For patients who undergo bariatric surgery, nutritional deficiencies are common years after the procedure, despite the recommendation that people take multivitamin supplements, according to study results published in Bariatric Surgical Practice and Patient Care.

The study included severely obese participants undergoing Roux-en-Y gastric bypass (RYGB), sleeve gastrectomy (SG), and adjustable gastric banding (AGB) between 2010 and 2012 (N=60). The researchers assessed circulating vitamin levels and self-reported dietary supplement use at baseline and 3 and 5 years after surgery.

Of 60 participants, 8 underwent AGB, 36 underwent SG, and 16 underwent RYGB. The mean age was 41.6±11.3 years, and 48 participants were women. No participants reported early postsurgery complications.

At 60 months after surgery, participants’ average weight loss was 29.7±12.4 kg. Mean excess weight body loss was 40.6±20.4 kg, with percentage excess weight loss at 63.1%±26.1%.

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At baseline, 25%, 55%, and 52% of patients with AGB, SG, and RYGB had nutritional deficiencies, respectively. At 5 years, the researchers found nutritional deficiencies in 28% of those who underwent AGB, in 70% of those who underwent SG, and in 87% of those who underwent RYGB.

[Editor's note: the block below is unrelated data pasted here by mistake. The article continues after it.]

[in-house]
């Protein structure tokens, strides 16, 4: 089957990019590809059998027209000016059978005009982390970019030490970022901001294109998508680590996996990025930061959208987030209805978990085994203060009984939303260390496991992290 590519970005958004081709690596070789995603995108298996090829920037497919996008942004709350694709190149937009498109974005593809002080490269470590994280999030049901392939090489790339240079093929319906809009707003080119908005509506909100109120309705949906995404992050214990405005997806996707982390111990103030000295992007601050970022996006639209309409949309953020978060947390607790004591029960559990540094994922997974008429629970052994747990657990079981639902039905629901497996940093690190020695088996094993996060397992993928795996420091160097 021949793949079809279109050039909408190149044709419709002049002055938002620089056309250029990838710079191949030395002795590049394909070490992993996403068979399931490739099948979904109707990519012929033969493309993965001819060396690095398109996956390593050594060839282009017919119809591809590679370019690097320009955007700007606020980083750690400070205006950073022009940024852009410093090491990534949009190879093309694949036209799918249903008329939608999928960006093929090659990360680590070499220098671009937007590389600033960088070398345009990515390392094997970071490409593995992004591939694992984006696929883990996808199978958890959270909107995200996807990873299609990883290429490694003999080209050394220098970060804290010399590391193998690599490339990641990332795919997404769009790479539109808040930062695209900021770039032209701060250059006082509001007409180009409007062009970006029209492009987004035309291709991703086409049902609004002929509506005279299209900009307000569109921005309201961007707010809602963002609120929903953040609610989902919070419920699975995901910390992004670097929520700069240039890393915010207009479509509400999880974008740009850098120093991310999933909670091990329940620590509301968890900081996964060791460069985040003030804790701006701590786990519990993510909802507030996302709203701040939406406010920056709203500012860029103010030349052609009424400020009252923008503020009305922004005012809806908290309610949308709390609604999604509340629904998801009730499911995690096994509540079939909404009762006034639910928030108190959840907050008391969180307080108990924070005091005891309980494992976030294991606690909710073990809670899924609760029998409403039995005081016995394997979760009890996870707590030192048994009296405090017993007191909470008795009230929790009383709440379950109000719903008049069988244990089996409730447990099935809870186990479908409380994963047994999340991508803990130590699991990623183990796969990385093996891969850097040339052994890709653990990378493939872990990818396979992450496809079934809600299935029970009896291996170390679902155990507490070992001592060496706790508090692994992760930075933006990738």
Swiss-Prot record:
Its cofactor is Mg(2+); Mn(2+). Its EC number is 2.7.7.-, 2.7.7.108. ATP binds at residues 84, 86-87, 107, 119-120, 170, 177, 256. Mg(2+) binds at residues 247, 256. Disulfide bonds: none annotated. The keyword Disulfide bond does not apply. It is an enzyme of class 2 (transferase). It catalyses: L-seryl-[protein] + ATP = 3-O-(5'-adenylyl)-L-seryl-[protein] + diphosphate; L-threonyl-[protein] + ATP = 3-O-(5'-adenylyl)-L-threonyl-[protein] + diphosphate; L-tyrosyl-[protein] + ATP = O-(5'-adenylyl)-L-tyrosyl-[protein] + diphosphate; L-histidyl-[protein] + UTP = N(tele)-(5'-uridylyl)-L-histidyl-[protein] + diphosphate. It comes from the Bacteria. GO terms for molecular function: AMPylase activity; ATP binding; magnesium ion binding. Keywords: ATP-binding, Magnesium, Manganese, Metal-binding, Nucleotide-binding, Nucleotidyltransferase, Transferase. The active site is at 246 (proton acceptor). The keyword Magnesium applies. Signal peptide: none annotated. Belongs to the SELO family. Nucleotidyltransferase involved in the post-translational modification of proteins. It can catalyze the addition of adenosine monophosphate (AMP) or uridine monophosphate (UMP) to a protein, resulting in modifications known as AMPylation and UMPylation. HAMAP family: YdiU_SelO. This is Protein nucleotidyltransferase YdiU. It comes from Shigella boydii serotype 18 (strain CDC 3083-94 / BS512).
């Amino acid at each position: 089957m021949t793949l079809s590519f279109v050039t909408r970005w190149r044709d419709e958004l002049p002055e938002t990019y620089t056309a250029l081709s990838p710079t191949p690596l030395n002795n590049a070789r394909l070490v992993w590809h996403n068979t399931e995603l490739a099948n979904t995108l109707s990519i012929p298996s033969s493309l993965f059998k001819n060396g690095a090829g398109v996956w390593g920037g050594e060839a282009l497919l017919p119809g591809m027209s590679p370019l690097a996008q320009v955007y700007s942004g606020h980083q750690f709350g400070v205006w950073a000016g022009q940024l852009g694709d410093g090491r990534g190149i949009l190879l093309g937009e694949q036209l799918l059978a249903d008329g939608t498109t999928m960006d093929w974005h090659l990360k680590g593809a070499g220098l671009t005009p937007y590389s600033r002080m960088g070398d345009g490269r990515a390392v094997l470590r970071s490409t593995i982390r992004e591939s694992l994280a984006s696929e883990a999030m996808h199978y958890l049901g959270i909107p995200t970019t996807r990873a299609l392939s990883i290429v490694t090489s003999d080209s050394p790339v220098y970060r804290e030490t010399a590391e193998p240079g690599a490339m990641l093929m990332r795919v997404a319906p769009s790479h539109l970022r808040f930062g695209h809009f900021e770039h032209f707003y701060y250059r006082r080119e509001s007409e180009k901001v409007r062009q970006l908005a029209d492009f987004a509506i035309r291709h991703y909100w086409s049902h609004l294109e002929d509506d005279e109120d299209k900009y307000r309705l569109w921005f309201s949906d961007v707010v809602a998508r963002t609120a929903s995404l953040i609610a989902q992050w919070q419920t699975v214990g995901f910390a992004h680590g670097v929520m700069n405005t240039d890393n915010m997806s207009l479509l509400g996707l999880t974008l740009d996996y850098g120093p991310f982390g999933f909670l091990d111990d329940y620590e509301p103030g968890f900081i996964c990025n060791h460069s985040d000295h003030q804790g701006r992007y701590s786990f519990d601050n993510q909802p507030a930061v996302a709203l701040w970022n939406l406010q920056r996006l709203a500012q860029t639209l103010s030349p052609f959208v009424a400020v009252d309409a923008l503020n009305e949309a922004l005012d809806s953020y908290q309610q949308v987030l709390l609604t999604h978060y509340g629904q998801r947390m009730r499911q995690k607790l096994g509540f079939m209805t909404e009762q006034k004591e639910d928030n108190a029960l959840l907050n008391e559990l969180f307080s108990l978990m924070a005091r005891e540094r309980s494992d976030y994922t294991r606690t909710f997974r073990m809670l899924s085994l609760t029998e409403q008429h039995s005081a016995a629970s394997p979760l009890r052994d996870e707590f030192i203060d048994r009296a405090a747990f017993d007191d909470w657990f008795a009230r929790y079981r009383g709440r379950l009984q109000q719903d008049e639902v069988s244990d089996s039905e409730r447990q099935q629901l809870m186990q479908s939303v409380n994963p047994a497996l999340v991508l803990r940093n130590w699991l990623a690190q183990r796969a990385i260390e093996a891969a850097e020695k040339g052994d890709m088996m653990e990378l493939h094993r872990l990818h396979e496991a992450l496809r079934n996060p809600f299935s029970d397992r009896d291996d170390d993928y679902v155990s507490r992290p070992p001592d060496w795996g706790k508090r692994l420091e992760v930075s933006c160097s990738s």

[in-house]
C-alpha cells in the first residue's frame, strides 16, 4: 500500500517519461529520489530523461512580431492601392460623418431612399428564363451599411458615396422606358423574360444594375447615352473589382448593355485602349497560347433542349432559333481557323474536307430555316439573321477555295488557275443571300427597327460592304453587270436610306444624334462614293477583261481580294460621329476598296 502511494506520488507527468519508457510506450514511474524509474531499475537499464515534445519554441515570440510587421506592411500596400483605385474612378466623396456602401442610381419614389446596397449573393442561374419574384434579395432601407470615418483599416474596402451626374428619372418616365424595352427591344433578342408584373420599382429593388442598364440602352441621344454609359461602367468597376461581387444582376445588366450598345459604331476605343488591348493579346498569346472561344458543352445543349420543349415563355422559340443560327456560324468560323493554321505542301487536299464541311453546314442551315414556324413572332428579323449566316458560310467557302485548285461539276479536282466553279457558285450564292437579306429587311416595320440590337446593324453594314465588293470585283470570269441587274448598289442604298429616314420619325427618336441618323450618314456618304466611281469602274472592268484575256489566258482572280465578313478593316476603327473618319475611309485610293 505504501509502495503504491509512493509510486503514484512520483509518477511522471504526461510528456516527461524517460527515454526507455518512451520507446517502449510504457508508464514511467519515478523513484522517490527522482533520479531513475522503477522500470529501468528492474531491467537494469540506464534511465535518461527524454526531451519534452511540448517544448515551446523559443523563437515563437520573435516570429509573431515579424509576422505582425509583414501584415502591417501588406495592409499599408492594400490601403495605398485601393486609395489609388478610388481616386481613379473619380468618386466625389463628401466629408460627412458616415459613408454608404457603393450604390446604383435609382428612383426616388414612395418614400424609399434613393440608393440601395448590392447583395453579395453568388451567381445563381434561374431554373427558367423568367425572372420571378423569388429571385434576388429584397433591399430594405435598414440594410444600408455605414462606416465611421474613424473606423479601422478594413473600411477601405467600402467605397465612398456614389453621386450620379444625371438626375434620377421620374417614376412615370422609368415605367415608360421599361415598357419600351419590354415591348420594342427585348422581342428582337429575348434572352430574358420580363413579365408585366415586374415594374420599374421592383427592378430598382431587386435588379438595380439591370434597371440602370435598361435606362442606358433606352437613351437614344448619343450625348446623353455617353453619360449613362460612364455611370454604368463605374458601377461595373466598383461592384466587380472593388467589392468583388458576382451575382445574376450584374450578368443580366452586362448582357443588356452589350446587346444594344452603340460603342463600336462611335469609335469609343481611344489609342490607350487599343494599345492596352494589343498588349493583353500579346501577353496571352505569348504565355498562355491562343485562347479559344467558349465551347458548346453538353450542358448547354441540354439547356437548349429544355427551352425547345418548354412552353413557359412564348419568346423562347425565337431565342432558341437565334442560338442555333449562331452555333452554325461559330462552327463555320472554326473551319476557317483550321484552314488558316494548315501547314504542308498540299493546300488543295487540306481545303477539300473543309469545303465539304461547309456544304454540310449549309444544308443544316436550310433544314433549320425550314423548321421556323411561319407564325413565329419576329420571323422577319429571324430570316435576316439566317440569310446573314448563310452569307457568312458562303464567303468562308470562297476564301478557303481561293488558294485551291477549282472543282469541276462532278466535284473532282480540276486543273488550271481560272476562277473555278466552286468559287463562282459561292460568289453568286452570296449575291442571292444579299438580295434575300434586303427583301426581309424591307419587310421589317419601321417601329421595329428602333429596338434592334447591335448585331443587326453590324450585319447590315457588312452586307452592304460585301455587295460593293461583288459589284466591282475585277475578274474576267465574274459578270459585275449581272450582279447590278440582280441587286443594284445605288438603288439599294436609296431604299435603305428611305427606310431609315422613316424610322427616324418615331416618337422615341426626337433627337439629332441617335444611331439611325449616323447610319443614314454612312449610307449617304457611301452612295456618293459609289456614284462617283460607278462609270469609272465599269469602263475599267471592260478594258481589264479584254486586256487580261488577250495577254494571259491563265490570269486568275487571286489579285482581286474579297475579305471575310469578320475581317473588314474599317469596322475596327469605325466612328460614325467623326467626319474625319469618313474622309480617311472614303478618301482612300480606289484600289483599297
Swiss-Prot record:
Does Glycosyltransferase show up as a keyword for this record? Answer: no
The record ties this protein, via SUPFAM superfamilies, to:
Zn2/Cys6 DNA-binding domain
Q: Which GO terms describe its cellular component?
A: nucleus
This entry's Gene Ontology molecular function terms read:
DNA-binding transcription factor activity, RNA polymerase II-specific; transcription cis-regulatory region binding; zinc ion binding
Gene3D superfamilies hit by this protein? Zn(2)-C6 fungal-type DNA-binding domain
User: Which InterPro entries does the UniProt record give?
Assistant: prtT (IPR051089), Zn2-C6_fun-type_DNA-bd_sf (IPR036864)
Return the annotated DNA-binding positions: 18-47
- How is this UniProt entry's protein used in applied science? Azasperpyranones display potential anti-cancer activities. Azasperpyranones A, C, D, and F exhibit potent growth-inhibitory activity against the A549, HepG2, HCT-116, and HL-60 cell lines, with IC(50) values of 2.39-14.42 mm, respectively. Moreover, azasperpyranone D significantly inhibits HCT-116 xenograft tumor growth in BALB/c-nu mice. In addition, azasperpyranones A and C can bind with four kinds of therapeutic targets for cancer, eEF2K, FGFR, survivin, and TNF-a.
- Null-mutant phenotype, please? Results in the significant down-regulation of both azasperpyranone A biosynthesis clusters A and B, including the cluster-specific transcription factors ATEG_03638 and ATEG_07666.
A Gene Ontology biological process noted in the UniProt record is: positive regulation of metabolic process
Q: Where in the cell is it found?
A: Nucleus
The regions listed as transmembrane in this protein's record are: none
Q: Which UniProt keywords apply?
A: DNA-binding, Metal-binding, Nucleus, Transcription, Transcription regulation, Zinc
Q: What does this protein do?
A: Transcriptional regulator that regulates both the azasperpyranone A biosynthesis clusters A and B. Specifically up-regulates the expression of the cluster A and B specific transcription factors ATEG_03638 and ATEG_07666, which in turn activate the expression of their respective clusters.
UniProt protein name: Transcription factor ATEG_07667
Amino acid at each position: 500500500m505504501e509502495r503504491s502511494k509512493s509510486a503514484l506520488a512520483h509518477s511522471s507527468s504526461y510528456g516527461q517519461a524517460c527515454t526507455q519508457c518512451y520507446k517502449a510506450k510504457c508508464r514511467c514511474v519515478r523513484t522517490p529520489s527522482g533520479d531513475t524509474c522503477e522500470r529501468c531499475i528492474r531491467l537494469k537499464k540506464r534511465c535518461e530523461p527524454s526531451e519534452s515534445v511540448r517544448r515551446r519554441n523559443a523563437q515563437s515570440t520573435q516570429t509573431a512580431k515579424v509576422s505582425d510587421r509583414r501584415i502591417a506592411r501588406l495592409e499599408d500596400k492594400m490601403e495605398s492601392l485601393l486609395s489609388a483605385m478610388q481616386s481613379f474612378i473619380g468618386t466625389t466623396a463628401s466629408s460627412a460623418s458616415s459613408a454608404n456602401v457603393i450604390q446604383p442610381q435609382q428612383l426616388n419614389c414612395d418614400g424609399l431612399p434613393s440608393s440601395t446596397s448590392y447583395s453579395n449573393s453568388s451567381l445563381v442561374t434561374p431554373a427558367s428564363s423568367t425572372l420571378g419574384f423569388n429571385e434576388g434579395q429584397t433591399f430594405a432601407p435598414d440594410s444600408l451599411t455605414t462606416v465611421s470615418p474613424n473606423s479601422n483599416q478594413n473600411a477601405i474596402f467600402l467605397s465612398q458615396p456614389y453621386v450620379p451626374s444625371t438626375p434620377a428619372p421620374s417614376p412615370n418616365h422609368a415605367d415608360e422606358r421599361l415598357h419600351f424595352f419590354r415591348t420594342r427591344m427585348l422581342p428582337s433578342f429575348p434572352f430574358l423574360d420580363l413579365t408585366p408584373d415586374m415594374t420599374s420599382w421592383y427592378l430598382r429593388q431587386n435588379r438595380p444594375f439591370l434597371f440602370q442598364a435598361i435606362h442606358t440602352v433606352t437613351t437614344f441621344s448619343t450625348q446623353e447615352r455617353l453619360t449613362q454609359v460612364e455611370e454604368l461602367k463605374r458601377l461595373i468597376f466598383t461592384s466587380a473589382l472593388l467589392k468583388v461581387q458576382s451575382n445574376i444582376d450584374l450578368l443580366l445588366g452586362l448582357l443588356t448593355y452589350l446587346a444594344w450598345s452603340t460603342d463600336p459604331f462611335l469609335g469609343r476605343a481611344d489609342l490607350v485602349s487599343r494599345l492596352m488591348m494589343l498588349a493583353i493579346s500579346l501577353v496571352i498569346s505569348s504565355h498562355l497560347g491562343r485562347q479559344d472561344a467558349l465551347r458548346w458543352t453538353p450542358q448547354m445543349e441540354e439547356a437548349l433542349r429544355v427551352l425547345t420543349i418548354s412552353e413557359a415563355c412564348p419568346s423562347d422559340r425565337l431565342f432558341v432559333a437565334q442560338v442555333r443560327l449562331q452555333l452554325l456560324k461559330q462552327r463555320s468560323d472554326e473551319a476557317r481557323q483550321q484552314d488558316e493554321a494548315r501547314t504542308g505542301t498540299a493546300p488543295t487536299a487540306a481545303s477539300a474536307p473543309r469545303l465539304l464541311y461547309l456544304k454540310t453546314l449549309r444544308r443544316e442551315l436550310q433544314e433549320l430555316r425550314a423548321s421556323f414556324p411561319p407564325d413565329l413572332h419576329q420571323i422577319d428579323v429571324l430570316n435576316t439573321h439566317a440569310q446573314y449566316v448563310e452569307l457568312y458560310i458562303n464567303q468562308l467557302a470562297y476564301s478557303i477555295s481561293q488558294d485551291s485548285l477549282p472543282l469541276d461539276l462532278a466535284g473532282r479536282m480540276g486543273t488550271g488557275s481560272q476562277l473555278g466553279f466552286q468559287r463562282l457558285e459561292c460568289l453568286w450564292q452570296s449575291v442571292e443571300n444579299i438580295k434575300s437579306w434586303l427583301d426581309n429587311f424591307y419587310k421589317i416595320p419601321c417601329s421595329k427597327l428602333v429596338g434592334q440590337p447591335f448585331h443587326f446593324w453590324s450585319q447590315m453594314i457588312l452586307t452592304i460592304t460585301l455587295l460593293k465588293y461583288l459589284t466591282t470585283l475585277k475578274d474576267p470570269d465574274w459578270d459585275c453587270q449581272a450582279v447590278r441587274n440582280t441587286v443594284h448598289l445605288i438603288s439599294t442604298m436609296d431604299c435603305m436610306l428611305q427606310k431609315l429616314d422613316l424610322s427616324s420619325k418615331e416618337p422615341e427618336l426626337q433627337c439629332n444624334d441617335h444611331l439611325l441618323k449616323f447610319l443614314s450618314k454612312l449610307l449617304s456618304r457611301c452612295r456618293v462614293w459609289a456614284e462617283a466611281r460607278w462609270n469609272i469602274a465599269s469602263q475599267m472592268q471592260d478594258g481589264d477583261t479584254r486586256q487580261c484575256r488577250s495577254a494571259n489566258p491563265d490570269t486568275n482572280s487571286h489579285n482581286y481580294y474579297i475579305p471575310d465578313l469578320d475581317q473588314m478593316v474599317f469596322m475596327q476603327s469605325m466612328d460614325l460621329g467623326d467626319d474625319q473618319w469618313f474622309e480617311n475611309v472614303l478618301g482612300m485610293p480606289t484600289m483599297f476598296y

Before undergoing surgery, few participants reported supplement use. At 3 years after surgery, 61% of participants reported supplement use. This rose to 73% at 5 years, with rates of 37%, 75%, and 94% for participants who underwent AGB, SG, and RYGB, respectively.

“This evidence suggests the need for specific bariatric supplements and frequent hematological checks,” the researchers wrote.

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Reference

Lombardo M, Franchi A, Padua E, et al. Potential nutritional deficiencies in obese subjects 5 years after bariatric surgery. Bariatr Surg Pract Patient Care. 2019;14(3):125-130.